Local professor behind ADA speaks about working with President Bush
HOUSTON – Every day we walk up and down ramps and pass handicap parking spaces. Most people understand why they're there, but may not realize a professor from UT Health in the Texas Medical Center is the reason behind them.
Lex Frieden, professor at UTHealth School of Biomedical Informatics, said before the 1990s people with a disability were not given fair and equal opportunities to enter buildings, gain employment or participate in society the same way other people do.
"Generally speaking," Frieden said, "We weren't regarded as people who had knowledge and skills and abilities."
Frieden is considered the architect of the Americans with Disabilities Act, ADA, and worked closely with President George H.W. Bush to make it a reality. The ADA is a civil rights law that prohibits discrimination against all people with physical or intellectual disabilities.
Bush signed it into law in 1990 and Frieden believes it will go down as one of his greatest accomplishments.
"As late as 18 months ago when I met him, he was using a wheelchair at the time, he was very proud of the efforts that he had made and thought at that time of everything he had done perhaps, perhaps the ADA was the most lasting aspect of his legacy," Frieden said. "I think it's a lasting memory, the ADA and the profound change that we've made in the way we look at people with disabilities and treat people with disabilities will be remembered longer than any of those other things. I think President Bush changed the landscape of America in a way that perhaps only presidents like George Washington and Abraham Lincoln have done."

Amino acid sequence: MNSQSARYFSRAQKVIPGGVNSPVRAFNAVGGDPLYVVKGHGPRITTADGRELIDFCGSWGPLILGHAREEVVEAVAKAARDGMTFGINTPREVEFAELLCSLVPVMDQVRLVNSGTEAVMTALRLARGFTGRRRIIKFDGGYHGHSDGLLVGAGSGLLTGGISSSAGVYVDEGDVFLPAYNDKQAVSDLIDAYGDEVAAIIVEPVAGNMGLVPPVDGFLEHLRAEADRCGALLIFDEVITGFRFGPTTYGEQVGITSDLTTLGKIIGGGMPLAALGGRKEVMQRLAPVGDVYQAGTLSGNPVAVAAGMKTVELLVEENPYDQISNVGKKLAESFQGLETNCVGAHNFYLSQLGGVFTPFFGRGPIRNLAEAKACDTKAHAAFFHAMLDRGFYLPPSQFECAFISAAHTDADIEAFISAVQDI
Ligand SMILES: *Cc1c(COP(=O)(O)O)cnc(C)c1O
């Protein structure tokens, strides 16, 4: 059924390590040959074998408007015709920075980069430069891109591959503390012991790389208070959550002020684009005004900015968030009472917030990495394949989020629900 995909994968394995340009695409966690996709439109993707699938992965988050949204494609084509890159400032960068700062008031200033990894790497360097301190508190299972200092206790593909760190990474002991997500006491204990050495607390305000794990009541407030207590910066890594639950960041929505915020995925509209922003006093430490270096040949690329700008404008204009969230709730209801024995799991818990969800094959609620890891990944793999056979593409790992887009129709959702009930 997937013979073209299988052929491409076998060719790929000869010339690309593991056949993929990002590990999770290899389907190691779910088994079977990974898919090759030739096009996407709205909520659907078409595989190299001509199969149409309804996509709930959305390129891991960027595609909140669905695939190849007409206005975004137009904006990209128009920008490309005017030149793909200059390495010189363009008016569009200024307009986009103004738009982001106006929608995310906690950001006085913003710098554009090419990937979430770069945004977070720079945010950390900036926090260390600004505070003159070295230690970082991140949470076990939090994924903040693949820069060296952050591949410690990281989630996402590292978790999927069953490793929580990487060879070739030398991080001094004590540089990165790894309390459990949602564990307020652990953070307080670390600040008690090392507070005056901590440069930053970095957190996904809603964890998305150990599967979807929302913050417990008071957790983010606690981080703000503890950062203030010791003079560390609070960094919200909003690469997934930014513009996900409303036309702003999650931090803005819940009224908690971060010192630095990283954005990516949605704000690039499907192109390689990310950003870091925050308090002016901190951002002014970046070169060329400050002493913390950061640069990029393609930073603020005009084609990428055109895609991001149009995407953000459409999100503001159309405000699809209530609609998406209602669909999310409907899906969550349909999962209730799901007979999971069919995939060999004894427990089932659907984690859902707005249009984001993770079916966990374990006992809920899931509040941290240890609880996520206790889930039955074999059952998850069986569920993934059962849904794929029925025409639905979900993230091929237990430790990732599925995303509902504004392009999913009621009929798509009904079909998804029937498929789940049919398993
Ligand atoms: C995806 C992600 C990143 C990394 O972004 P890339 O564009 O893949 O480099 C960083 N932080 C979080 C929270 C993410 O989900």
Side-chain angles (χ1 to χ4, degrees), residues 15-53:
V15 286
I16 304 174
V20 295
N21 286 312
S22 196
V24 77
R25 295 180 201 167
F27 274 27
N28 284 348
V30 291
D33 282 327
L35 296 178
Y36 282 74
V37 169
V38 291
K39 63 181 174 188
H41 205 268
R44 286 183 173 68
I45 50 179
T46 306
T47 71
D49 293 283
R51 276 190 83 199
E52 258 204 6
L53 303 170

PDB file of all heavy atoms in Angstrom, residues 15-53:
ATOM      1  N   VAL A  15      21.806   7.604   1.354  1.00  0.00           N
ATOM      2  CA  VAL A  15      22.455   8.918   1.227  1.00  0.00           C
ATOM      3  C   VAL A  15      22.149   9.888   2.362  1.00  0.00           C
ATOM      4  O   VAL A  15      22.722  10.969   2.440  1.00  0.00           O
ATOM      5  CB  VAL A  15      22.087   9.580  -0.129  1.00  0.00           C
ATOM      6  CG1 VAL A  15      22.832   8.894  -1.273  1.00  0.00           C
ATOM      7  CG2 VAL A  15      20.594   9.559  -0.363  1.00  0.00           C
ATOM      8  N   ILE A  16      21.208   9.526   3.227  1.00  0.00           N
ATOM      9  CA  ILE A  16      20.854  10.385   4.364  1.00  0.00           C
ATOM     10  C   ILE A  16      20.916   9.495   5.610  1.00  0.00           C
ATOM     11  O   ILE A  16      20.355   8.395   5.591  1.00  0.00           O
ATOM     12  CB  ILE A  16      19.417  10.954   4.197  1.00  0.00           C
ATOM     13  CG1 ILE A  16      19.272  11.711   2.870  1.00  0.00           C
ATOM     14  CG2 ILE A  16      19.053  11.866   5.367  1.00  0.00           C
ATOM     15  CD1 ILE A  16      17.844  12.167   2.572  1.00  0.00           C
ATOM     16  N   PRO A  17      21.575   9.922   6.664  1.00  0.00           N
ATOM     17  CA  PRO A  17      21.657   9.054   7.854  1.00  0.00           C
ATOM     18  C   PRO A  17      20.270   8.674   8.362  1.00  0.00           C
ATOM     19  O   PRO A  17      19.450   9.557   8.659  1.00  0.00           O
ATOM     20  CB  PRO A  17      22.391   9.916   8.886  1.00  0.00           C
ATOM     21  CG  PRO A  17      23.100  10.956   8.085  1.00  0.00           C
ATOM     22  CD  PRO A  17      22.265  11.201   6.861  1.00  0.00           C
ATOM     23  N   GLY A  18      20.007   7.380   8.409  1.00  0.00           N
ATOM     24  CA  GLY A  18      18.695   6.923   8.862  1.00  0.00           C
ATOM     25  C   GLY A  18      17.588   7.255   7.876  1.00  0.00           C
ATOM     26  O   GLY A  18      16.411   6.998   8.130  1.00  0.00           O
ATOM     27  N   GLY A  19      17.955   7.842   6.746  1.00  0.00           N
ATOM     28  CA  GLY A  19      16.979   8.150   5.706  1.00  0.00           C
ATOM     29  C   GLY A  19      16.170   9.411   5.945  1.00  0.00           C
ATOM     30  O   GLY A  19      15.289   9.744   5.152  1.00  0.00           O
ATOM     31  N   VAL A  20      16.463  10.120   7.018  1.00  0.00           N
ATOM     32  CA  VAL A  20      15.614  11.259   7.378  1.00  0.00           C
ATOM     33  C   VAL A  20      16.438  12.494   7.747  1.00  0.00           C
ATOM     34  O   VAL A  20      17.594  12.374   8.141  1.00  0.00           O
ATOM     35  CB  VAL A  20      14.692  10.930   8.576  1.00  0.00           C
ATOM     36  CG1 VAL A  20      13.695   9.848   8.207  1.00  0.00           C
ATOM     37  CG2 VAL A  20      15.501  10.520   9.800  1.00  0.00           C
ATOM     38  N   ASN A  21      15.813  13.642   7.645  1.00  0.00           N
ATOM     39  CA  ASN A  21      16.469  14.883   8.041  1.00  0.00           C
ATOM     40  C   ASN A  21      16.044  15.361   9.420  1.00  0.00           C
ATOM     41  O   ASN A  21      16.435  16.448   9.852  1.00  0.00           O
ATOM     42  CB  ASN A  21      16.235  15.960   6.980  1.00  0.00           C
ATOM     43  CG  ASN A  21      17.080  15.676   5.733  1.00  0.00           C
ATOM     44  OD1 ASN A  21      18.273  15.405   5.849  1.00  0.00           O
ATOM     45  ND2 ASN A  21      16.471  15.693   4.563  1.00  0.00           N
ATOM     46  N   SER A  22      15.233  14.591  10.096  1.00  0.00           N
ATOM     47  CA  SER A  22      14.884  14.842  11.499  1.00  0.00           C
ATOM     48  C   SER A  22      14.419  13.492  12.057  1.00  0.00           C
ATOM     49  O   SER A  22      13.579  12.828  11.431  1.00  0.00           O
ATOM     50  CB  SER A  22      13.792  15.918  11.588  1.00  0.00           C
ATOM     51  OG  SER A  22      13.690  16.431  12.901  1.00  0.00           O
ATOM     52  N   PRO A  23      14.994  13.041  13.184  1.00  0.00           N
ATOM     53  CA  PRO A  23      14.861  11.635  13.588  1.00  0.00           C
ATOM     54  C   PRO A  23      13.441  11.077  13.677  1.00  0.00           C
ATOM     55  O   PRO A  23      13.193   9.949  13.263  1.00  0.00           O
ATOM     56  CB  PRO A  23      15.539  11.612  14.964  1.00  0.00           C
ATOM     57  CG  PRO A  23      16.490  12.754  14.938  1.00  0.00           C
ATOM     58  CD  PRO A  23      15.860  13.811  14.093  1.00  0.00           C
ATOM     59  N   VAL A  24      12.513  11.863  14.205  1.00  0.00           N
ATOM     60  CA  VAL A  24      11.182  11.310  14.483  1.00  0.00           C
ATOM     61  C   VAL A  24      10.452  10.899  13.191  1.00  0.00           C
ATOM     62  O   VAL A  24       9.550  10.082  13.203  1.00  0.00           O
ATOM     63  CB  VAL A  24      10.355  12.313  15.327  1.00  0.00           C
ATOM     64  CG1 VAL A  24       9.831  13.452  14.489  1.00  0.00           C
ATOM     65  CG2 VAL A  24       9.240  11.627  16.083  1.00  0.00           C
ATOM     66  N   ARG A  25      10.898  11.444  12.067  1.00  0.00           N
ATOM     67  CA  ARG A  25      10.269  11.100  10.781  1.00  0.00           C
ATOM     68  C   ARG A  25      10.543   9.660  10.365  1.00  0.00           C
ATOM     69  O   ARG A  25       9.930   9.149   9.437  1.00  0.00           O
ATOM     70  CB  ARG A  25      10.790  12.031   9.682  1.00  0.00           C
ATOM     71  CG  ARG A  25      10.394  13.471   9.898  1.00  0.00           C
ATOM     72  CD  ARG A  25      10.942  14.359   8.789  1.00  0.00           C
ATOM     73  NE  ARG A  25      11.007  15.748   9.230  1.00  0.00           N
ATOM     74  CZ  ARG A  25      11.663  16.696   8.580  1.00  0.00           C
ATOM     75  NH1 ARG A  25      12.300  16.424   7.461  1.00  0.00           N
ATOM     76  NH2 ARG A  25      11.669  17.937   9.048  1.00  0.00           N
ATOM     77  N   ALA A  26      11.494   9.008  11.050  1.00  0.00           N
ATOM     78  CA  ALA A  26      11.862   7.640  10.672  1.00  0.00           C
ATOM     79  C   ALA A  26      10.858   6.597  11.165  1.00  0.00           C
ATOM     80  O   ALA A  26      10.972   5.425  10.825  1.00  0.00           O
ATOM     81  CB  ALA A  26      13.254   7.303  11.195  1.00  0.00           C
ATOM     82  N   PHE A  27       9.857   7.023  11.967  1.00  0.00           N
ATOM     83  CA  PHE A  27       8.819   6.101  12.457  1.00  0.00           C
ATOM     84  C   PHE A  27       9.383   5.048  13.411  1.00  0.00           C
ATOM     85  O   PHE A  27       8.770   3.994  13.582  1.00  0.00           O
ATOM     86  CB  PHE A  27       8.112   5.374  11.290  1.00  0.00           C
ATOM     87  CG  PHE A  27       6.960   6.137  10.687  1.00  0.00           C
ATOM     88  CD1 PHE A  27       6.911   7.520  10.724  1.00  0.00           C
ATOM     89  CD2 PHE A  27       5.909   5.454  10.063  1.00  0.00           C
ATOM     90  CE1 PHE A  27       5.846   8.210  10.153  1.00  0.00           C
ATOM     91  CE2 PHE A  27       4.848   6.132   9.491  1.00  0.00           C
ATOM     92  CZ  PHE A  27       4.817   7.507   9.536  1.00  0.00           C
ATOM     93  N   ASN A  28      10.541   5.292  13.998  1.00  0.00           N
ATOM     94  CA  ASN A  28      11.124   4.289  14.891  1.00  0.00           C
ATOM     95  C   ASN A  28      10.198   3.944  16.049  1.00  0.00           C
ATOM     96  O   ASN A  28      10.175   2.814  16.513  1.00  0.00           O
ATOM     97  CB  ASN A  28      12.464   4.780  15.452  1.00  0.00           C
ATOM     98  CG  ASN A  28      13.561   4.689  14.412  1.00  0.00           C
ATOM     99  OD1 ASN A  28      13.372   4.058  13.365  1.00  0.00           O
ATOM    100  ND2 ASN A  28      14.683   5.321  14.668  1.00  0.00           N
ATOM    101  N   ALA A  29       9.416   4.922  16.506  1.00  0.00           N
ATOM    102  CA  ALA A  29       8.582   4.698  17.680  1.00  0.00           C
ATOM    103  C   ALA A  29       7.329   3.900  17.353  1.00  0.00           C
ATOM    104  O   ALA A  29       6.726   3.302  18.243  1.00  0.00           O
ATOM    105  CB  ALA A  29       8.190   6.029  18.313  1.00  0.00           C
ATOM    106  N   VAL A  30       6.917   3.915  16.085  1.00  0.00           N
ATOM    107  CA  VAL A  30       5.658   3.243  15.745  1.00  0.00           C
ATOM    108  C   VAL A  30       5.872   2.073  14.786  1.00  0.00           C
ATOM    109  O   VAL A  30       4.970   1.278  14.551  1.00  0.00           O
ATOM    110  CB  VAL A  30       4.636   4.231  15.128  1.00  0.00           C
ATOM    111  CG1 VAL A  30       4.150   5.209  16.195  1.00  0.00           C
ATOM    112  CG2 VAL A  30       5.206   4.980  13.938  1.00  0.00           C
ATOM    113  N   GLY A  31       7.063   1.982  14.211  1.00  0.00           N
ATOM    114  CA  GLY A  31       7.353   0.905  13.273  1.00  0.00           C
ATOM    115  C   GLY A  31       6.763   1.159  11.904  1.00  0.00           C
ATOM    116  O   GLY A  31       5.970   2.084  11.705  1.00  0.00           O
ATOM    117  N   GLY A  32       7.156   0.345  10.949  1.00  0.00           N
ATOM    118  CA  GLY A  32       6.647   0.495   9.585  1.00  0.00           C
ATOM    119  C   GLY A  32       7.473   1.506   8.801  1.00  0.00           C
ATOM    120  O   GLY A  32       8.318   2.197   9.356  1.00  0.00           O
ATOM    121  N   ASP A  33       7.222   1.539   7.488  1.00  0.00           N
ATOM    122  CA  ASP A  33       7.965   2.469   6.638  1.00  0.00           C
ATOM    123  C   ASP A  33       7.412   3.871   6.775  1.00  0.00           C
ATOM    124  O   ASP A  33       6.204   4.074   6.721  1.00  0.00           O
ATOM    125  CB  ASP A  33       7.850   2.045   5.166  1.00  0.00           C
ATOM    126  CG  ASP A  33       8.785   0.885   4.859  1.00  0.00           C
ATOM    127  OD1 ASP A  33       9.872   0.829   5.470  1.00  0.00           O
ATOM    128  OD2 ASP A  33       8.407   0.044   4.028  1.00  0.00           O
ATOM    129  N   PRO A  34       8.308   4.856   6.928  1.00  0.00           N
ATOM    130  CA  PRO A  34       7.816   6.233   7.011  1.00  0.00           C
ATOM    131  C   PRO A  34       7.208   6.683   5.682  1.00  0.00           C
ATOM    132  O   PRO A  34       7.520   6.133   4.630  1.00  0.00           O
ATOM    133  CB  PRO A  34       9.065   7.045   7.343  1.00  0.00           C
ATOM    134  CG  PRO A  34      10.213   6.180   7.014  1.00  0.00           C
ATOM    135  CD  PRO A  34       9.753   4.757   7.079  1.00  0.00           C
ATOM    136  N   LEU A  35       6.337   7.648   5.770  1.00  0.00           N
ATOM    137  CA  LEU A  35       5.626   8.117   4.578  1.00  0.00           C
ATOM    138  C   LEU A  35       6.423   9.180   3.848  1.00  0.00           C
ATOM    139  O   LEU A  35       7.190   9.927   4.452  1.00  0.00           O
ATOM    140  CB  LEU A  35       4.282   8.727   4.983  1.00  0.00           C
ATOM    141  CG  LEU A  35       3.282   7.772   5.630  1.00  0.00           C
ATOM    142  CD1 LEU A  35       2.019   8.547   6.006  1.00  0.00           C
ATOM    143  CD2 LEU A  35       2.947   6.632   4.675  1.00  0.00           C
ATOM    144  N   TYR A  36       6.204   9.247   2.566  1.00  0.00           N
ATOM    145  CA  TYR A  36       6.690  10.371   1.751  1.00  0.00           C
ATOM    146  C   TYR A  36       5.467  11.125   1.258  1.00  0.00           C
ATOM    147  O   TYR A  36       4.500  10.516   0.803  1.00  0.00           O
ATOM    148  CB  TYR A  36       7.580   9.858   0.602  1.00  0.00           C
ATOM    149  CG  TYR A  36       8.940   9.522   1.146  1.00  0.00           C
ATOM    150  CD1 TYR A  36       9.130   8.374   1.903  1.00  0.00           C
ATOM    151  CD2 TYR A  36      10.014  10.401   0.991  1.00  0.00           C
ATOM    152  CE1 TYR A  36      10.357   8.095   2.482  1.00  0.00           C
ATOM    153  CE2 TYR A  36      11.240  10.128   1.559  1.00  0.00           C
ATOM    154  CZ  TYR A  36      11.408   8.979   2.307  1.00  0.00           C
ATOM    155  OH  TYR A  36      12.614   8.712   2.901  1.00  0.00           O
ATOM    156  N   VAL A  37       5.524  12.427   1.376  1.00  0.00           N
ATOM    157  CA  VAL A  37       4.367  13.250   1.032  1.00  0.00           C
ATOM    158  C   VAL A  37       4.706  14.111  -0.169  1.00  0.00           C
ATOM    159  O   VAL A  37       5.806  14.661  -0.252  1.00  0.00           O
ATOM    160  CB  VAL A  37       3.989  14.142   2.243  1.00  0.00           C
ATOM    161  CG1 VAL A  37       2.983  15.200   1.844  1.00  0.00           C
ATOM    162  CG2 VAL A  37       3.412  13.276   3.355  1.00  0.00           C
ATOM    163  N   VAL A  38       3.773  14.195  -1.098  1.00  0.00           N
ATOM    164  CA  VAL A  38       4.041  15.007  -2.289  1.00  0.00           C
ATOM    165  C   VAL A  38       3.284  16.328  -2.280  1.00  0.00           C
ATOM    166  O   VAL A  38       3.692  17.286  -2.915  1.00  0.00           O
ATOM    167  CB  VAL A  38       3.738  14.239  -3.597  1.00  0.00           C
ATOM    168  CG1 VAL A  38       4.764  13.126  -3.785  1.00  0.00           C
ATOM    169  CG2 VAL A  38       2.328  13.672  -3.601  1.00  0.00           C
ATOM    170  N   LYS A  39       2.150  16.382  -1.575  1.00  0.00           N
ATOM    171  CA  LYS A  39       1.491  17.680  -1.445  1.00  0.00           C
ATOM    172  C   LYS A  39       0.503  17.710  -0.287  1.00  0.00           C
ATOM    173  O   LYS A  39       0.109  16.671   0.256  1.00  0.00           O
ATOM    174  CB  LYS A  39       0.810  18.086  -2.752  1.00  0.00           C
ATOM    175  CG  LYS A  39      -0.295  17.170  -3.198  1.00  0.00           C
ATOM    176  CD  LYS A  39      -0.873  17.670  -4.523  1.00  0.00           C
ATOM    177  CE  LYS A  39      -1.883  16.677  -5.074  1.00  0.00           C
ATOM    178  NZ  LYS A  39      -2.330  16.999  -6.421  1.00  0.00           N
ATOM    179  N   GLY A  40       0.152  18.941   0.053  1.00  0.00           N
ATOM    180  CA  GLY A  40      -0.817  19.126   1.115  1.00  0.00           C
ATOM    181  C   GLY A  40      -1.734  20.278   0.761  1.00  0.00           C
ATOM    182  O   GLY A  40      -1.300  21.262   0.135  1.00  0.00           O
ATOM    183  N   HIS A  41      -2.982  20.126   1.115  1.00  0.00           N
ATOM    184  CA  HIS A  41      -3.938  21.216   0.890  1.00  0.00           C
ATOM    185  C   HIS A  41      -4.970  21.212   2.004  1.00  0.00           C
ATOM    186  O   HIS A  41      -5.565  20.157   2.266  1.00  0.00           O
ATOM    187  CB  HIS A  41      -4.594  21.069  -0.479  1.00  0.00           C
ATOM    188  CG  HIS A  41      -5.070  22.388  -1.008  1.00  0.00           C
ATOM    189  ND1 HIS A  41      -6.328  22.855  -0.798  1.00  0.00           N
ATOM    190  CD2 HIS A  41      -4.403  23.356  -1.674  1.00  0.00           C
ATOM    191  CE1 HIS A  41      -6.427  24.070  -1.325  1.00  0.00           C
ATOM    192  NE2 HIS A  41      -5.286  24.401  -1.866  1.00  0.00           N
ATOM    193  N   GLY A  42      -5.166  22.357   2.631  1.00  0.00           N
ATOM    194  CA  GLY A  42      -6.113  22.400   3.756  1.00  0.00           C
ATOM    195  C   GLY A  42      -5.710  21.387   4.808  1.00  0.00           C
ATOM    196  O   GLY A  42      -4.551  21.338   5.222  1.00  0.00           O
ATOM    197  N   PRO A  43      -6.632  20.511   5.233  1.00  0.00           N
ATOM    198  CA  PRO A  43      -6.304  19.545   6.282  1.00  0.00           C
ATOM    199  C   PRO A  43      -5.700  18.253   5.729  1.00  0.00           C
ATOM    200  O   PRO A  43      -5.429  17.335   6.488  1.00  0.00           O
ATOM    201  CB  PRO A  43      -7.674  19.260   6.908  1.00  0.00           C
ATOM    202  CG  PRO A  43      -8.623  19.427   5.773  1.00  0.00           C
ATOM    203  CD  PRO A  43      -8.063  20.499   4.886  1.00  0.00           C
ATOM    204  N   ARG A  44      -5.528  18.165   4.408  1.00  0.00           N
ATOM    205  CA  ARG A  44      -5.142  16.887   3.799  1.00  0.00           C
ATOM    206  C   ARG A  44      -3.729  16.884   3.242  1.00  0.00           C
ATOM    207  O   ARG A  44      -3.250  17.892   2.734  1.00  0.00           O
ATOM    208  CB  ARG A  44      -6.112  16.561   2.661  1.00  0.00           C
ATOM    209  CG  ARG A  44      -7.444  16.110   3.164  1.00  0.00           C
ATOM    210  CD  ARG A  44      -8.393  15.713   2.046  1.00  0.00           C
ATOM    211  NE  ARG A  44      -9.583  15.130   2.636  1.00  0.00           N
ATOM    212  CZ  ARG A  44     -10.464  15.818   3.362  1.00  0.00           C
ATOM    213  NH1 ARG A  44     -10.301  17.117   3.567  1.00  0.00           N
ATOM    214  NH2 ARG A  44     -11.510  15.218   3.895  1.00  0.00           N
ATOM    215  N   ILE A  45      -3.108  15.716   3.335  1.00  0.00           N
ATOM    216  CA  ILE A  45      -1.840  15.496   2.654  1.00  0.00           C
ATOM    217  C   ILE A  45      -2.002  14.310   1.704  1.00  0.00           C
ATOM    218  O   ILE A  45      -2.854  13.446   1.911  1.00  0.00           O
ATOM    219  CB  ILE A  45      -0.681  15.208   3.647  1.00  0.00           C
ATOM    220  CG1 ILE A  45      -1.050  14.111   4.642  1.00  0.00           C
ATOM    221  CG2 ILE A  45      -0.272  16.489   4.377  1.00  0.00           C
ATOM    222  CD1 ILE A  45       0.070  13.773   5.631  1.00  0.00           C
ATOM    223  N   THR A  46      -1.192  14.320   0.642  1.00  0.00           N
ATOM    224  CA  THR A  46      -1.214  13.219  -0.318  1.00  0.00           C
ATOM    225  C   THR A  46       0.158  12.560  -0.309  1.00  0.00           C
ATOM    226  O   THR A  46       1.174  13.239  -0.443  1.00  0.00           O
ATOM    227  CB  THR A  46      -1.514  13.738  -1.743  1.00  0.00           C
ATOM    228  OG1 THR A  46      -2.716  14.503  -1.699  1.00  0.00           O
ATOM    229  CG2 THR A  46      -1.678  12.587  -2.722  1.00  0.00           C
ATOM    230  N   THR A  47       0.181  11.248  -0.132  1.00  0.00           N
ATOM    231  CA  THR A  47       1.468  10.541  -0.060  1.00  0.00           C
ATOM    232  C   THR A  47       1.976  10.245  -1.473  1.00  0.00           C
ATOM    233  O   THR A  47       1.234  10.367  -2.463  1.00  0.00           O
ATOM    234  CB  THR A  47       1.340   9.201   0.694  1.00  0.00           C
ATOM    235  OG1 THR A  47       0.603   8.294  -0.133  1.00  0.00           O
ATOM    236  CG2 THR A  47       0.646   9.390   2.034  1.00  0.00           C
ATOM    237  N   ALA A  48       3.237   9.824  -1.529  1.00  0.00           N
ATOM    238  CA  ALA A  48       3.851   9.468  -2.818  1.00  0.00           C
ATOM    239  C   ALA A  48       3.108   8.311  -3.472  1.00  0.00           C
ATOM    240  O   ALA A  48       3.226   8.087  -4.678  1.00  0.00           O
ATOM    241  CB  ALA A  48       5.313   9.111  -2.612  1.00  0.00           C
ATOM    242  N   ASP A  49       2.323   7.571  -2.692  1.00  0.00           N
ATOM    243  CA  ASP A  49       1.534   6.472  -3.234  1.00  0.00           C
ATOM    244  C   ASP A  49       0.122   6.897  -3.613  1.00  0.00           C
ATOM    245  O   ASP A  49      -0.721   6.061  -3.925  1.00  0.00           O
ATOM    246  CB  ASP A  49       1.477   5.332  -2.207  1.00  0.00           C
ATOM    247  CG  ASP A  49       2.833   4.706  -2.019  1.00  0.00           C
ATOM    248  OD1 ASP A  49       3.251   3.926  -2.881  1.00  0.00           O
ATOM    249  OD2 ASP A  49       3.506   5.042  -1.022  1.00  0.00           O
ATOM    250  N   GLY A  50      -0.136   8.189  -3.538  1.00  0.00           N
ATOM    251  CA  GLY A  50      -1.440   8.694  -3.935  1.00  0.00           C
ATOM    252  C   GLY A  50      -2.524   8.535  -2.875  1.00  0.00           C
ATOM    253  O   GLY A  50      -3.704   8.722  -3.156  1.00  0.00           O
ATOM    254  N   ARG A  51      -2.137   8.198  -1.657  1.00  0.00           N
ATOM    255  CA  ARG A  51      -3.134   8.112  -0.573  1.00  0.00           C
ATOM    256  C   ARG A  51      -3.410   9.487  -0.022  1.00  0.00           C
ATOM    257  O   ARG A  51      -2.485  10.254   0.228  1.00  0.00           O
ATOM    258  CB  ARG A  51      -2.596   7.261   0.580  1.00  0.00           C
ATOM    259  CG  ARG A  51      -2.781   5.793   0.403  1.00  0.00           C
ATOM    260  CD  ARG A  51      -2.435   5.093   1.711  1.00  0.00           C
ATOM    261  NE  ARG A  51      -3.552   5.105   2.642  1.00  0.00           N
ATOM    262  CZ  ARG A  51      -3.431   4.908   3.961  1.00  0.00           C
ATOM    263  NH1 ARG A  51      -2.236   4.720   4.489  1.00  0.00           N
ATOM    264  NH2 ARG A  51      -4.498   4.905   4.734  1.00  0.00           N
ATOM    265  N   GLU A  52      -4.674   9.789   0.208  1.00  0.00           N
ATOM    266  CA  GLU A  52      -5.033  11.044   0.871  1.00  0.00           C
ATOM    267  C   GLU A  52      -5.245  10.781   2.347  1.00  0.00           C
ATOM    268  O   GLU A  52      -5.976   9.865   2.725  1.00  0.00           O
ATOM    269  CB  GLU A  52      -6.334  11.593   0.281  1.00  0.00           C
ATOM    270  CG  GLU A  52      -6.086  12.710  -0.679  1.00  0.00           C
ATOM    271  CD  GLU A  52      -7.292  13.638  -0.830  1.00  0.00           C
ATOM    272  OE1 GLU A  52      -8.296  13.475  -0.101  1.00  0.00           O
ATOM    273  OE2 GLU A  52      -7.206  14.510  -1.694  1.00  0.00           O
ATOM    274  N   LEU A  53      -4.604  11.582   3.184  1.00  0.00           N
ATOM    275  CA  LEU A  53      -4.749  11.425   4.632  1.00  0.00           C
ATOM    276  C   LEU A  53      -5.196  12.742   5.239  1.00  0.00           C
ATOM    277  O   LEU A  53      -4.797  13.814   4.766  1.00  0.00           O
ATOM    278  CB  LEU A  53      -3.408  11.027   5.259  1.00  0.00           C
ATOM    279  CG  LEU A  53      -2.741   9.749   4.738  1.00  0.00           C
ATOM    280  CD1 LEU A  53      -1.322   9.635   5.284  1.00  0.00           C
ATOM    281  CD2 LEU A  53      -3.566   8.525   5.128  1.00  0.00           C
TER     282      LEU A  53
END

Late in Bush's life, the ADA benefited him while he was in a wheelchair and accompanied by Sully, his service dog.
In Washington Tuesday, the service dog was accompanied by other individuals who've benefited from the ADA.
Frieden is still in Houston and said he plans to attend the funeral service.
He says the ADA is not perfect yet. Some of his future plans include working with Metro to expand handicap-accessible buses across Houston. However, with every bit of progress comes new frustrations. For example, he references how sidewalks leading to the bus stops are often not handicap-accessible. Nonetheless, he promises to continue improving the lives of people with disabilities, he said it's because of Bush that there's a law on his side to help him keep fighting.
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